Your “Obvious” is my “Inspired!”

One of my favourite elements of my #PedagooAdmin duties is  going hunting.

The @Pedagoo feed flashes up hundreds of great ideas a month and some may well get lost (an educational version of “Can’t see the woods for the trees!”) and I work with the team to try and make sure we encourage as many people to expand their ideas from tweets to blogs.

One of the most common responses to any requests is “But that’s not exciting!” or “But it wasn’t my idea.” Sometimes people are happy to create a post without prompting. Those posts make us smile a lot. Indeed, often people who put up a post on Pedgaoo are creating their first ever blog.

I know from posts that I have shared, particularly examples of lessons that I have completed myself, that the feedback is both encouraging and inspiring. Usually I will try something, blog it and the feedback I receive means I have a fresh handle on IDL or differentiating the lesson more so that when I teach it next time, I teach it even better and it makes more of an impact. Not a bad reward for about 30 minutes of typing, really.

Today I tried the Blackout Poetry that Jennifer Ludgate @MissJLud had tweeted about in her #PedagooFriday. Thankfully, she agreed to expand this in to a post for us and the tweets have been  quite clear – people love this idea. It may not have originated from Jennifer, but if she didn’t share it on a blog, this would not be shared in time for people to plan interesting lessons with it this week.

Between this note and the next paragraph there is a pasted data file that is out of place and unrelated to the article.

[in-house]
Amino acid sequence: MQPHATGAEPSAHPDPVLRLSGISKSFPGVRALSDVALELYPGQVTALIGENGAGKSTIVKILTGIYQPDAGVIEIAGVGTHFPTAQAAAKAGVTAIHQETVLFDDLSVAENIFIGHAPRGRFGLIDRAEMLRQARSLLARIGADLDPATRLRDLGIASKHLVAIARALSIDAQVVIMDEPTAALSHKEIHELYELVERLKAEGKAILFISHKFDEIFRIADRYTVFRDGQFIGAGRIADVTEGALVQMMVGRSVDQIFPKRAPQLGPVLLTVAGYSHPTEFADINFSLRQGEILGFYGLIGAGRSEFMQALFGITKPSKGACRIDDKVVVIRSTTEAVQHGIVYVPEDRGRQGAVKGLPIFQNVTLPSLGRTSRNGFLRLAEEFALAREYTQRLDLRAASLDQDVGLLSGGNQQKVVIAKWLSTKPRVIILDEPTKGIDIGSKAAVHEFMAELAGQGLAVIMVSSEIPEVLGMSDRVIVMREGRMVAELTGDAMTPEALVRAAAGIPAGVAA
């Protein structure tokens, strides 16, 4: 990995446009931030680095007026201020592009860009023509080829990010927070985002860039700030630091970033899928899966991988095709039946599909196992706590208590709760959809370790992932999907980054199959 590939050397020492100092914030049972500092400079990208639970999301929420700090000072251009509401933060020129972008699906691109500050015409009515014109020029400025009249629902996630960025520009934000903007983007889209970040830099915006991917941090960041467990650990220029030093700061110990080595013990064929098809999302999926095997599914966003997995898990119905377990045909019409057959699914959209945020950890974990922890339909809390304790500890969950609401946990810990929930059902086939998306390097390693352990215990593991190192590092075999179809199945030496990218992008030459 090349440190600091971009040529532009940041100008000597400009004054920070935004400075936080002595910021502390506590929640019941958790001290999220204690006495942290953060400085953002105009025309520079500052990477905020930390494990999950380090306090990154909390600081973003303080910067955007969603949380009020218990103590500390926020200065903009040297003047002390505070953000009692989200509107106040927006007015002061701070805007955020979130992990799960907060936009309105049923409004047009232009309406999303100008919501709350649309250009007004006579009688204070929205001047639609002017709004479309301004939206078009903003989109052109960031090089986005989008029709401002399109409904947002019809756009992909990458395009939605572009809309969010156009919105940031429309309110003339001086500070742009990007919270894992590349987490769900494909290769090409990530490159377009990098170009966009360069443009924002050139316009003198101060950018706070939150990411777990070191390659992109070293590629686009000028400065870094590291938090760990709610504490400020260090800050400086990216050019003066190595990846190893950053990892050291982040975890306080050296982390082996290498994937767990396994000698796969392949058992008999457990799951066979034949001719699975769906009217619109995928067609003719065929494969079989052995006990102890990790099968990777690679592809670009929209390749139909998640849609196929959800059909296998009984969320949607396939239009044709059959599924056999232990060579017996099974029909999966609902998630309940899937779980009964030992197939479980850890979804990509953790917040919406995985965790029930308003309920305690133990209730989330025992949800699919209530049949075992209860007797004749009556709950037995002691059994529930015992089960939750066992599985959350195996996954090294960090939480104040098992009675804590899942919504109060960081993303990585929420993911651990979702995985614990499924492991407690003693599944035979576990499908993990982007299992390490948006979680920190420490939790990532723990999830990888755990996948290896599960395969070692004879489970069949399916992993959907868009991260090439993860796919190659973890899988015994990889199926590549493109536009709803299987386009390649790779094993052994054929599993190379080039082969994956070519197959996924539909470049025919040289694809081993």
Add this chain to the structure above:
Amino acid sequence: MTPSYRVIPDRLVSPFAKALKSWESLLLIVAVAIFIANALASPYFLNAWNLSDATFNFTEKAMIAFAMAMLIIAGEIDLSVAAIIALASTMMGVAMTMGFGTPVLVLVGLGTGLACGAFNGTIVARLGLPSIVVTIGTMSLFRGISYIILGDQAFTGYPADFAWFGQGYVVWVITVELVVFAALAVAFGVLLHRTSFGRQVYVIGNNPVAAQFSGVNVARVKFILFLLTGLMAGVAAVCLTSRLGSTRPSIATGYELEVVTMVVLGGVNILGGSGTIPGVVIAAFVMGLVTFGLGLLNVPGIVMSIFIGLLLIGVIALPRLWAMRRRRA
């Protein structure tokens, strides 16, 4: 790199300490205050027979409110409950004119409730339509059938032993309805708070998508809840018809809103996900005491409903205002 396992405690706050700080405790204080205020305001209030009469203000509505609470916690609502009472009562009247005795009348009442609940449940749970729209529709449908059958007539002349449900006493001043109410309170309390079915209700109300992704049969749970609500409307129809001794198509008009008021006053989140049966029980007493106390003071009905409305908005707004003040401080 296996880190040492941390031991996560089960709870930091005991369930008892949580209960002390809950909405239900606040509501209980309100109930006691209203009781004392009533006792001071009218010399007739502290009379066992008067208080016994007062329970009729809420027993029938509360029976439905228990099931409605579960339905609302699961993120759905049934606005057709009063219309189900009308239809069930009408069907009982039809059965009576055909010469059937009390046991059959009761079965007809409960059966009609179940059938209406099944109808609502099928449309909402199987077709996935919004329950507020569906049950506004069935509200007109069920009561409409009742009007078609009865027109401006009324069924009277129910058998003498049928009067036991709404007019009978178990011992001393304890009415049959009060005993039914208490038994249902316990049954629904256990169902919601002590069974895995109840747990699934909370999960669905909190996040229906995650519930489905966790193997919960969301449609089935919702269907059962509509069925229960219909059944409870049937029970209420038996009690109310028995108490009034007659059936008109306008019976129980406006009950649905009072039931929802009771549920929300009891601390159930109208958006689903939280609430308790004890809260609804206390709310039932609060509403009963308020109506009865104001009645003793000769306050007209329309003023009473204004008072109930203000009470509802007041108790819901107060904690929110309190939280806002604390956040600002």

In my classroom, we tried this with a Maths theme – being a maths teacher after all – for the annual Department poster competition. If we don’t win this year, I will create a schism and start my own poster contest next year.

My demo poem, as it was a low set class, turned out to read as follows :

One Escape for 1000 years

In 1840 prestige

128 Delux. Two zones. Two Thermals.

Enjoy Roman with 12 separate area.

The Perfect Trio

Two and Four with Temperature on 60 Degrees.

Set off just 15 minutes by car.

Offering discount of up to 60 percent.

Ok Relax, I am a better teacher than a poet, but they are hunting for how maths is used in the Times and the Edinburgh Evening News. (And a random French Language Magazine which has been untouched by the class!)

They are unaware but they are finding out how much the press depends on Numeracy to discuss the news.

Now, I would never have thought of this if Jennifer had not shared her post.

I have a plea. If you can, and you have 30 minutes, please write up a Blog post about one lesson that you think went fine. Even if you don’t think it was brilliant, others will.

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